SEA TURTLE PASSION LEADS TO DEEPER INTEREST IN BIRDS
The 2017 sea turtle season has begun and we are looking forward to the arrival of nesting sea turtles. Last year had its challenges due to the beach renourishment project. Permits were required in order for all the sea turtle nests laid on Pensacola Beach to be relocated into the closest section of Gulf Islands National Seashore, out of harm’s way. Sea turtle nests laid west of the Pensacola Beach Fishing Pier were moved into Ft. Pickens GINS and those laid on the east side were moved into Santa Rosa GINS.
In addition to our newly-expanded beach, a boon for the sea turtle season ahead comes from the Leave No Trace ordinance which went into effect in September 2015 and requires all tents, chairs and other personal property to be removed from the beach at sunset. Last year was the first sea turtle season under the new ordinance and the result went far beyond our hopes. The number of sea turtle nests in 2016 not only broke a record for Pensacola Beach, but more than doubled the number of nests laid in 2015.
Interestingly, my passion for sea turtles was what initiated a much deeper interest in birds. This will be my 10th year as a sea turtle volunteer, my 9th as a patroller. Originally from Middle Tennessee, I was completely unfamiliar with the shorebirds I spotted during summer sea turtle patrols at Ft. Pickens. I found myself coming home afterwards to search the Internet, trying to identify various birds. It was quite a surprise to discover some shorebirds would “change clothes” throughout the months we patrolled the beach – juvenile to adult plumage, breeding to non-breeding plumage, and then there were migratory birds. How was I to ever keep up with these ever-changing birds!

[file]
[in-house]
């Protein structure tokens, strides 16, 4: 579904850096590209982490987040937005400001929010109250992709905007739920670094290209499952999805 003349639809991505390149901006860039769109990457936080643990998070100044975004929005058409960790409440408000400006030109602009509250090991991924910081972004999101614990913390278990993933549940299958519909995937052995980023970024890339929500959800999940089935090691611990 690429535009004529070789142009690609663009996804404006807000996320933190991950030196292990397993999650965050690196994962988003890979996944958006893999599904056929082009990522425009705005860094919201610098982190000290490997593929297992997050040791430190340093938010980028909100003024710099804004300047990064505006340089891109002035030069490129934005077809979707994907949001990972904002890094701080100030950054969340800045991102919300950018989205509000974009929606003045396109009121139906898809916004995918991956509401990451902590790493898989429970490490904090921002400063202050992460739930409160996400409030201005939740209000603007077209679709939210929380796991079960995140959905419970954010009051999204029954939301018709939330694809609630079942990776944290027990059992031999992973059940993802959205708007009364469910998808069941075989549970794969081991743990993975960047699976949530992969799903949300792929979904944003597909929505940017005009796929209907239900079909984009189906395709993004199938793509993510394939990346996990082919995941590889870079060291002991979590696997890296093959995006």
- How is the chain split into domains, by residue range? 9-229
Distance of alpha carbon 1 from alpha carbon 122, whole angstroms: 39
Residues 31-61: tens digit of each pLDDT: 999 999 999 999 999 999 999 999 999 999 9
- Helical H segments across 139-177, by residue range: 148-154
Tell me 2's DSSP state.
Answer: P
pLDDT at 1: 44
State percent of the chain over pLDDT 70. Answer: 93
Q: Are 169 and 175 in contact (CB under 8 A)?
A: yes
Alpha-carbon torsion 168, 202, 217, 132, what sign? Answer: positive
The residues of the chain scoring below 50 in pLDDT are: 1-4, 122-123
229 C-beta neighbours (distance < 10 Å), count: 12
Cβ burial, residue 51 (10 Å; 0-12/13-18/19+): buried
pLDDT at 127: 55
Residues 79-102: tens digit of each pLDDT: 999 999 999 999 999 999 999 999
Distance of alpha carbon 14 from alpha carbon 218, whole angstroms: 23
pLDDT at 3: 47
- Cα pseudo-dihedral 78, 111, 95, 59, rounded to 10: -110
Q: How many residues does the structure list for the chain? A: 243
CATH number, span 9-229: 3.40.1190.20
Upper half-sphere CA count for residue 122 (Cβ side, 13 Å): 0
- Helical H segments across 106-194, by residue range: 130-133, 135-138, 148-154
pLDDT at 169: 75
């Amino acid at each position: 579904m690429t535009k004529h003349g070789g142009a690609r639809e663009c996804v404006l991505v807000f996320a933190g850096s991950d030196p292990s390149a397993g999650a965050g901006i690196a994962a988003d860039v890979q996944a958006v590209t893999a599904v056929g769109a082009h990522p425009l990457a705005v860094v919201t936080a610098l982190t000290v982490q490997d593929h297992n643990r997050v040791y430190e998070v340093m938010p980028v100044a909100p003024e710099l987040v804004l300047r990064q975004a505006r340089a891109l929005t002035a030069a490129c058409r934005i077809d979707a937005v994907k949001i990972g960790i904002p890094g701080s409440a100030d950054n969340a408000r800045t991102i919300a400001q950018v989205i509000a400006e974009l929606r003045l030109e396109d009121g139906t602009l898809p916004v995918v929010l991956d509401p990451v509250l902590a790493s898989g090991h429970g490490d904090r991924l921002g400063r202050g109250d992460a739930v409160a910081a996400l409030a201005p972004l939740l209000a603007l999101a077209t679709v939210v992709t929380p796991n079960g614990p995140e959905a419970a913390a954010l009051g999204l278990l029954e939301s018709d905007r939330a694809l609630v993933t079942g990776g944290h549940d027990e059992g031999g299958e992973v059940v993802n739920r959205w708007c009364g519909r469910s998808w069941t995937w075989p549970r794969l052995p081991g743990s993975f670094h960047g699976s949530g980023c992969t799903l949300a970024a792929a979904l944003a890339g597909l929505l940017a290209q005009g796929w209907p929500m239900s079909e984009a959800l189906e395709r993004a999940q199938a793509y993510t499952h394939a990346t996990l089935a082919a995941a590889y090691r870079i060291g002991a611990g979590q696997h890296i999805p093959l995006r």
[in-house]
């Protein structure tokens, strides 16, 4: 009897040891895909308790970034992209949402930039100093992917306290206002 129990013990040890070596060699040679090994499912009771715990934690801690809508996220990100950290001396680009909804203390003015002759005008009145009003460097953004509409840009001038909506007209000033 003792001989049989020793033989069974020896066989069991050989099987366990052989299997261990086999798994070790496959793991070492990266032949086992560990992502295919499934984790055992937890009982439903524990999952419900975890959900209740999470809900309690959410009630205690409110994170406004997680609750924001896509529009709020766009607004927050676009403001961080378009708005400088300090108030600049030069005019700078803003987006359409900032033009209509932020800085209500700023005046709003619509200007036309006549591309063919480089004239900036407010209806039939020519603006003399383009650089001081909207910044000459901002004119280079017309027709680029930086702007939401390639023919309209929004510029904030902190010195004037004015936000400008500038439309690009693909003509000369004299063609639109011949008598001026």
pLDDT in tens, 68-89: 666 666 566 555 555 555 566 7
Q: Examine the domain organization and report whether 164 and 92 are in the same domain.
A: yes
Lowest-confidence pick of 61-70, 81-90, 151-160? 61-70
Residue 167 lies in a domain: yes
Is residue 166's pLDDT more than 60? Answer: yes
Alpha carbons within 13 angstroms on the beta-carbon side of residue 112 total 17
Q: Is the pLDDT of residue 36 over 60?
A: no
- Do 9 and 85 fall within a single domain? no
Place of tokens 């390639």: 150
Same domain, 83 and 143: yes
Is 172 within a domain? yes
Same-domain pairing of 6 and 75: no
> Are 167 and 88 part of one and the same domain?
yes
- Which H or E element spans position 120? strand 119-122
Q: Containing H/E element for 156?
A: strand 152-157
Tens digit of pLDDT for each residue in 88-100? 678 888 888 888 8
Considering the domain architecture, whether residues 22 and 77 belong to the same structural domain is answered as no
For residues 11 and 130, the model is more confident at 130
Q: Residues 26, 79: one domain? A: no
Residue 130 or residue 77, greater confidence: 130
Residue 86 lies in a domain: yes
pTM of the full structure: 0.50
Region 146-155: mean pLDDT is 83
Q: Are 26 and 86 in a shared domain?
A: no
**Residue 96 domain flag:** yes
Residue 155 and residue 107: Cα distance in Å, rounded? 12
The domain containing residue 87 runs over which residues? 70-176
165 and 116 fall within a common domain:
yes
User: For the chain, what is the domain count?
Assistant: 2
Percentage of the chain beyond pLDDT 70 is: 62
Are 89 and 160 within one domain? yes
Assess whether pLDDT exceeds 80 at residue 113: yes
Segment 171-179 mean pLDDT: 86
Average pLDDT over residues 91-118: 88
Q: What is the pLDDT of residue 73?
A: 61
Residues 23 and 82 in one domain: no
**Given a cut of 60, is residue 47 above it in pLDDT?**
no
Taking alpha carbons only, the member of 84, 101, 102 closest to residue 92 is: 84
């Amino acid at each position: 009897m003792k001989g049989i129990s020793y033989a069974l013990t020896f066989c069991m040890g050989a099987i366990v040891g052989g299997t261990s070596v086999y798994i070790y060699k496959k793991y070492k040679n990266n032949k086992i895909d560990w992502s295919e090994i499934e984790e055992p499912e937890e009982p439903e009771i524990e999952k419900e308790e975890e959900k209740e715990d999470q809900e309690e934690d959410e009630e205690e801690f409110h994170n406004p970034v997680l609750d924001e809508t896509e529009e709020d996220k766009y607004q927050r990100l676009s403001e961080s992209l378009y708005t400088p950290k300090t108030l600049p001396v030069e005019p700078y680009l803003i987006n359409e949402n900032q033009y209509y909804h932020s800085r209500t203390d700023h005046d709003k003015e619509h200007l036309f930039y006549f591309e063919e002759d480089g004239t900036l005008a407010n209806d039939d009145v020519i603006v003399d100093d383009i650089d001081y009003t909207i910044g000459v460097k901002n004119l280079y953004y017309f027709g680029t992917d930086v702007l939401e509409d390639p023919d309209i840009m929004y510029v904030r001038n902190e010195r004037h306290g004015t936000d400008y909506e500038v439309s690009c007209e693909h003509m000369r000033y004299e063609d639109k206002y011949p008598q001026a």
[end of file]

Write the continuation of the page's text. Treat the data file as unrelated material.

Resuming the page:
Thankfully I developed friendships with people like Bob and Lucy Duncan and Ray and Carol Ascherfeld, who helped me identify birds when I was stumped. I began to build my birding skills. A few years ago a patrol on Pensacola Beach was added to my schedule and, when possible, I tried to fill in occasionally at Santa Rosa, all the while noticing the difference a few miles could make in various bird species and colonies. Fascinating!
Life on the coast is a treasure, for sure. From sea turtles to sea and shorebirds, we always seem a moment away from a new discovery, a new mystery, or in my case, a new passion.
By D. J. Zemenick